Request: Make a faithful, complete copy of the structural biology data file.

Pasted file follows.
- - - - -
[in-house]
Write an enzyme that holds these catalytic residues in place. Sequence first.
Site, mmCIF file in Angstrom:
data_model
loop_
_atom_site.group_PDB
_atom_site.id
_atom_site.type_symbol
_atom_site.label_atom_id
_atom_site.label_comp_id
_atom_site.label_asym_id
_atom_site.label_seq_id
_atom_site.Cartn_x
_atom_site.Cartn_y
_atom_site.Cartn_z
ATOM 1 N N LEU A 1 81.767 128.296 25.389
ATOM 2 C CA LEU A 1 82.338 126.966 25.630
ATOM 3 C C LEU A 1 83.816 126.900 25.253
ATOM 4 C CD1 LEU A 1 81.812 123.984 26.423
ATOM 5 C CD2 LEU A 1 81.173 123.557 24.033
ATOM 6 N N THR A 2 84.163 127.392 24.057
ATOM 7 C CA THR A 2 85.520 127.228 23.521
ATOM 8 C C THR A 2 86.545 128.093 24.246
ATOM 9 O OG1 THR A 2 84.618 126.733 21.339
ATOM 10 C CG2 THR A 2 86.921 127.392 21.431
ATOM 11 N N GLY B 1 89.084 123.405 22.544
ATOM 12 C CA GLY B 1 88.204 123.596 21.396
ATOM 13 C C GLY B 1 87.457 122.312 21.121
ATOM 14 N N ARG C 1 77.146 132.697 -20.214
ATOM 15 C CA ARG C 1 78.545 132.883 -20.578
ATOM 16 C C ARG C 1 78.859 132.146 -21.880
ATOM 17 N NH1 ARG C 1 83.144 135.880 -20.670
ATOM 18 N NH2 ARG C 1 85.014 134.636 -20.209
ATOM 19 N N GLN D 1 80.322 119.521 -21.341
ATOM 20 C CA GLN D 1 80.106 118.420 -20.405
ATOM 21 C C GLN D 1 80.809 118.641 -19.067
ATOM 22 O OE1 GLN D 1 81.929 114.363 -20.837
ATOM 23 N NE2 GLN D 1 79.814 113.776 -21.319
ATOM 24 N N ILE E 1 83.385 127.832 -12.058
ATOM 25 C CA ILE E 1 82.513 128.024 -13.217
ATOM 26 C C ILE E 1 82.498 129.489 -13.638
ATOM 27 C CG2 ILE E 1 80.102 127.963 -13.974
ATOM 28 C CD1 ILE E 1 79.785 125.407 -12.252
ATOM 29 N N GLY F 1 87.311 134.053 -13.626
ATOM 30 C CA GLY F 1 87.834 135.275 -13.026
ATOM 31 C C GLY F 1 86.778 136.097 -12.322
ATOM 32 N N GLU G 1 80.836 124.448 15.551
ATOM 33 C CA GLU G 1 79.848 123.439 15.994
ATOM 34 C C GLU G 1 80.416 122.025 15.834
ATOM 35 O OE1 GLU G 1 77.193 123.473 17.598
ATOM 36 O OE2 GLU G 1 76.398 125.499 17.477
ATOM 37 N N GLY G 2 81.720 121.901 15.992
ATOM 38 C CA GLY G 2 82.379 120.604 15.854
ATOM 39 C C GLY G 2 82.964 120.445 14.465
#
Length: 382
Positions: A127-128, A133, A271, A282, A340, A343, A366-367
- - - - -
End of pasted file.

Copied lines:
[in-house]
Write an enzyme that holds these catalytic residues in place. Sequence first.
Site, mmCIF file in Angstrom:
data_model
loop_
_atom_site.group_PDB
_atom_site.id
_atom_site.type_symbol
_atom_site.label_atom_id
_atom_site.label_comp_id
_atom_site.label_asym_id
_atom_site.label_seq_id
_atom_site.Cartn_x
_atom_site.Cartn_y
_atom_site.Cartn_z
ATOM 1 N N LEU A 1 81.767 128.296 25.389
ATOM 2 C CA LEU A 1 82.338 126.966 25.630
ATOM 3 C C LEU A 1 83.816 126.900 25.253
ATOM 4 C CD1 LEU A 1 81.812 123.984 26.423
ATOM 5 C CD2 LEU A 1 81.173 123.557 24.033
ATOM 6 N N THR A 2 84.163 127.392 24.057
ATOM 7 C CA THR A 2 85.520 127.228 23.521
ATOM 8 C C THR A 2 86.545 128.093 24.246
ATOM 9 O OG1 THR A 2 84.618 126.733 21.339
ATOM 10 C CG2 THR A 2 86.921 127.392 21.431
ATOM 11 N N GLY B 1 89.084 123.405 22.544
ATOM 12 C CA GLY B 1 88.204 123.596 21.396
ATOM 13 C C GLY B 1 87.457 122.312 21.121
ATOM 14 N N ARG C 1 77.146 132.697 -20.214
ATOM 15 C CA ARG C 1 78.545 132.883 -20.578
ATOM 16 C C ARG C 1 78.859 132.146 -21.880
ATOM 17 N NH1 ARG C 1 83.144 135.880 -20.670
ATOM 18 N NH2 ARG C 1 85.014 134.636 -20.209
ATOM 19 N N GLN D 1 80.322 119.521 -21.341
ATOM 20 C CA GLN D 1 80.106 118.420 -20.405
ATOM 21 C C GLN D 1 80.809 118.641 -19.067
ATOM 22 O OE1 GLN D 1 81.929 114.363 -20.837
ATOM 23 N NE2 GLN D 1 79.814 113.776 -21.319
ATOM 24 N N ILE E 1 83.385 127.832 -12.058
ATOM 25 C CA ILE E 1 82.513 128.024 -13.217
ATOM 26 C C ILE E 1 82.498 129.489 -13.638
ATOM 27 C CG2 ILE E 1 80.102 127.963 -13.974
ATOM 28 C CD1 ILE E 1 79.785 125.407 -12.252
ATOM 29 N N GLY F 1 87.311 134.053 -13.626
ATOM 30 C CA GLY F 1 87.834 135.275 -13.026
ATOM 31 C C GLY F 1 86.778 136.097 -12.322
ATOM 32 N N GLU G 1 80.836 124.448 15.551
ATOM 33 C CA GLU G 1 79.848 123.439 15.994
ATOM 34 C C GLU G 1 80.416 122.025 15.834
ATOM 35 O OE1 GLU G 1 77.193 123.473 17.598
ATOM 36 O OE2 GLU G 1 76.398 125.499 17.477
ATOM 37 N N GLY G 2 81.720 121.901 15.992
ATOM 38 C CA GLY G 2 82.379 120.604 15.854
ATOM 39 C C GLY G 2 82.964 120.445 14.465
#
Length: 382
Positions: A127-128, A133, A271, A282, A340, A343, A366-367